I obviously haven't spoken to USC president Carol Folt or UCLA president Michael Drake, but I bet it was the same logic for their schools. The Big Ten is first to the plate, and the LA schools feared a scenario where they show up to the bank to find the bank's empty. Painful as it was and uncomfortable as it will be, they chose to hop on the boat rather than watch it sail away and leave them marooned.
11. This underscores how fatally painful this move is for the Pac-12. That conference was already faced with the prospect of trying to carve out enough dollars and eyeballs after the Big Ten and SEC have already cleaned ESPN and Fox out, and now they've got to show up to the negotiating table without their two best assets and without a presence in the LA market. Devastating doesn't even begin to describe it.
12. The Big Ten's next TV contract is going to be big, in more ways than one. The deal(s) were already set to create a $1 billion windfall for the league each year, before adding the two biggest brands west of Austin, Texas. But who cares about that; fans don't get dividend checks.
It's going to be in that Big Ten football is going to be everywhere. Imagine a B1G Big Noon game on Fox, a national CBS game with all the bells and whistles that network currently uses on the SEC, another Fox game in primetime, and then B1G After Dark on ESPN featuring whichever LA team is home that week. Big Ten football will be in a featured slot from noon Eastern to 10 p.m. Pacific.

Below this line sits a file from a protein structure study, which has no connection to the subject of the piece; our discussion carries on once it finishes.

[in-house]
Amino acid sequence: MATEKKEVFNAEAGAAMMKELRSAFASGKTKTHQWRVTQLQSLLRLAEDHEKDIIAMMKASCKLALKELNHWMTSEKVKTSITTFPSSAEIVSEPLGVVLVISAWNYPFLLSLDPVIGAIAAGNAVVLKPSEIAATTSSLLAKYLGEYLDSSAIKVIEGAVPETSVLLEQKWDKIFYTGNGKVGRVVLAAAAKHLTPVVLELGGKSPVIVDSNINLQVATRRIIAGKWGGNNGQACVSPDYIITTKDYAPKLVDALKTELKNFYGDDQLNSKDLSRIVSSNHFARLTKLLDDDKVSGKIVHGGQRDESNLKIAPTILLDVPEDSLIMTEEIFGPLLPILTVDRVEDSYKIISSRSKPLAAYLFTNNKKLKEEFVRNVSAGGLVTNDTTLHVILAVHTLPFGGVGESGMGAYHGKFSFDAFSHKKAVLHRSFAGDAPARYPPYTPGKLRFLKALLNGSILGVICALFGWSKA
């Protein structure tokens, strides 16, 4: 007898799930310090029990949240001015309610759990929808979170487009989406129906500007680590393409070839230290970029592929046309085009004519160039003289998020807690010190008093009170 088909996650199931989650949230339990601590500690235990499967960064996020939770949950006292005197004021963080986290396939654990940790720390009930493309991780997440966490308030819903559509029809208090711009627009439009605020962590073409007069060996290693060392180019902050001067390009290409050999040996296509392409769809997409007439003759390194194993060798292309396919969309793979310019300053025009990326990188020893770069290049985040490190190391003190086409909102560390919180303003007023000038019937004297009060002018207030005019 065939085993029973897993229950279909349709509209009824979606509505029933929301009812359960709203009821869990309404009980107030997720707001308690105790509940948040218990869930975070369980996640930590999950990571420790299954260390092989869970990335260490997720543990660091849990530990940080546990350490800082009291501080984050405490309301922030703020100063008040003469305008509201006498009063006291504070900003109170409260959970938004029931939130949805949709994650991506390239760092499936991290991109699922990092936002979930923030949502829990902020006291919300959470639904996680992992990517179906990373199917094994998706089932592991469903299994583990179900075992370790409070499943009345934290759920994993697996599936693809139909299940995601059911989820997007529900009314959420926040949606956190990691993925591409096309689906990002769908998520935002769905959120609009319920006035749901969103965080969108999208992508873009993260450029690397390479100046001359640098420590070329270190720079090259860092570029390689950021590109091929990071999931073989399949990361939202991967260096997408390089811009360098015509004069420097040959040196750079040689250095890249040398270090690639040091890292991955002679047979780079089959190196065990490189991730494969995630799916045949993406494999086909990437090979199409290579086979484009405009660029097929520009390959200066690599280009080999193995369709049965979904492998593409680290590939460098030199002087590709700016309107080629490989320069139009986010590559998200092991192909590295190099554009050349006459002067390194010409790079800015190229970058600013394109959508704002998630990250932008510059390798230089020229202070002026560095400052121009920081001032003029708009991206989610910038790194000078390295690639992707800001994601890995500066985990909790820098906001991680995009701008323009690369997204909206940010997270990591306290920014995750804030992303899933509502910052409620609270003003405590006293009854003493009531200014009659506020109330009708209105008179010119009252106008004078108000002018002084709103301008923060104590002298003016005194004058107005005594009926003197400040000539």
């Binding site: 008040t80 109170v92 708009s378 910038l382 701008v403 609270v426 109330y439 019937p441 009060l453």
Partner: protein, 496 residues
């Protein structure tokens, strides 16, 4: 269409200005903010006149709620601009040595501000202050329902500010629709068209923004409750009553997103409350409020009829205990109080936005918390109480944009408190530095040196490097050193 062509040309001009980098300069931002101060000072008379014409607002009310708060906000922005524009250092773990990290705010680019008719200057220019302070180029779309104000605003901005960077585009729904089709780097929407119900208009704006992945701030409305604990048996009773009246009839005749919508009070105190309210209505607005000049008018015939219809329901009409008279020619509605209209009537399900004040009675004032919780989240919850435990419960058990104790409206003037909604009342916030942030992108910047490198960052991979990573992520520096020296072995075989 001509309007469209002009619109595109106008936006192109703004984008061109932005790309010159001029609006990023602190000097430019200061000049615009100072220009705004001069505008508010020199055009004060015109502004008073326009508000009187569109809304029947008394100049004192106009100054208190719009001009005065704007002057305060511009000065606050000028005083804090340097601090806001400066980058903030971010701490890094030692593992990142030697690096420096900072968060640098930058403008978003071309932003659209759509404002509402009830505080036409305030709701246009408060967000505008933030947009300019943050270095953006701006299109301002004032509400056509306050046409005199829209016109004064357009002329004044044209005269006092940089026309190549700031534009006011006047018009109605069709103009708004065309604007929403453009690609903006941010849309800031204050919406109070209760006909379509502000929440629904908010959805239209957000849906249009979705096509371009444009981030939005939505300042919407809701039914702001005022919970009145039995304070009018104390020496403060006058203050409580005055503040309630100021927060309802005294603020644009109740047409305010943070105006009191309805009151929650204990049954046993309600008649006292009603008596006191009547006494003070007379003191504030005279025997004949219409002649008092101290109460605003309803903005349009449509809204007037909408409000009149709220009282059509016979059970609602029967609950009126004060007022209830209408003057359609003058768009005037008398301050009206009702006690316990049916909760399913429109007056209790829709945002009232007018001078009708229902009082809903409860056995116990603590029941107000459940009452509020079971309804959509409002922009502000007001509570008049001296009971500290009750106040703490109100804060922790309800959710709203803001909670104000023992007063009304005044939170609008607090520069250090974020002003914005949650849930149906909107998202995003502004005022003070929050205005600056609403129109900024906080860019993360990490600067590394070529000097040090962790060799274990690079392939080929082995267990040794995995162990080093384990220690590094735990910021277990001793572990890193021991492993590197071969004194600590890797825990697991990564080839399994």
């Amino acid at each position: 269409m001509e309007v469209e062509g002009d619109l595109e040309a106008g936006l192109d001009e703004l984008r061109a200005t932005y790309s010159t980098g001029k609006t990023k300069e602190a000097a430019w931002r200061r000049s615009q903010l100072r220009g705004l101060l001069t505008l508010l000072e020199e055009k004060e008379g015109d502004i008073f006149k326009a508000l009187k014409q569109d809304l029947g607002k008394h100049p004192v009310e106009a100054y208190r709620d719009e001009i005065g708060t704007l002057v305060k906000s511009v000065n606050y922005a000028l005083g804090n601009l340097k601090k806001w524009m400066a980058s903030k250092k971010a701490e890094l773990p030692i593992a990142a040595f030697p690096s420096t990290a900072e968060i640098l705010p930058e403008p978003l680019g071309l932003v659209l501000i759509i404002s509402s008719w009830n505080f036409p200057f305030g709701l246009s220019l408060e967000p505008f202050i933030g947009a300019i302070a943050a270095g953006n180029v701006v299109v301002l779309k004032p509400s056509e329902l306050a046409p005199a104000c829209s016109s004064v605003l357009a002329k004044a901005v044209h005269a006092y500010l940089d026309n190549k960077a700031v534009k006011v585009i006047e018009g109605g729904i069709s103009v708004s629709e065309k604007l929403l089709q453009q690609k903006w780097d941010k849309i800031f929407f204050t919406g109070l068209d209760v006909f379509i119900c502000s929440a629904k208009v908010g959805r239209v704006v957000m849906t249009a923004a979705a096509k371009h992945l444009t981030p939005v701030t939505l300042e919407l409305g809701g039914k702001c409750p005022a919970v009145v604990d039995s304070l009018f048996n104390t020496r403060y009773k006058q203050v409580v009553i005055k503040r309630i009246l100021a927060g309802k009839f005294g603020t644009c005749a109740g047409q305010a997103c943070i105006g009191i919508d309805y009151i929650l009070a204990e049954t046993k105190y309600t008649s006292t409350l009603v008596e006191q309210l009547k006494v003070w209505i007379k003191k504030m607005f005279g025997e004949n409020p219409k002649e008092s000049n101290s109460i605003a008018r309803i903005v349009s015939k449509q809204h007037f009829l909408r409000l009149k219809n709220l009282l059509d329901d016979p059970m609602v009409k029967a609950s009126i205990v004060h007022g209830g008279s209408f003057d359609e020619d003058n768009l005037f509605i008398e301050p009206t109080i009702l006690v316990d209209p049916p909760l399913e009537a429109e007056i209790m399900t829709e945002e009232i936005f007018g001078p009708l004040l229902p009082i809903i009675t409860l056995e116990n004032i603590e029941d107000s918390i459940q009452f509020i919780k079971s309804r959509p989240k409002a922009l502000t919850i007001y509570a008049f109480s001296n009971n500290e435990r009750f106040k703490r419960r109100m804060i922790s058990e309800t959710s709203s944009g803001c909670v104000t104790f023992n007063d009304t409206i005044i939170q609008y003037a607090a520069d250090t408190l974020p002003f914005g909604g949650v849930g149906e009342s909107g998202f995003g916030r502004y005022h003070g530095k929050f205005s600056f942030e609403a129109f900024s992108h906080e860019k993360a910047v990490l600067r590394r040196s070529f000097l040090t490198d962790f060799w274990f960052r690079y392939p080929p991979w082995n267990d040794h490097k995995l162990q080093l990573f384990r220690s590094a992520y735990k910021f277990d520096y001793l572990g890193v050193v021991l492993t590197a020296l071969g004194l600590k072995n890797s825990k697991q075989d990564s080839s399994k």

13. That said, the LA schools better get used to playing at 9 a.m. body clock time, and Big Ten schools should familiarize themselves with kicking off at 10 p.m. local time.
14. This point by Stewart Mandel shouldn't be ignored.
15. It's ironic that this move was inspired by Texas and OU, but will be likely be complete before theirs. The reporting indicates USC and UCLA will be B1G members by 2024, while all parties continue to indicate the Longhorns and Sooners won't join the SEC until 2025.
16. The ACC's Grant of Rights, which runs until 2036, continues to be its saving grace and its Achilles heel. The conference had to agree to the GoR for that long in order to get ESPN to agree to fund and air the ACC Network, which it needed in order to avoid getting left behind by the Big Ten and SEC. But because its rights don't expire for another decade and a half, the ACC is guaranteed to get passed by the Big Ten and the SEC.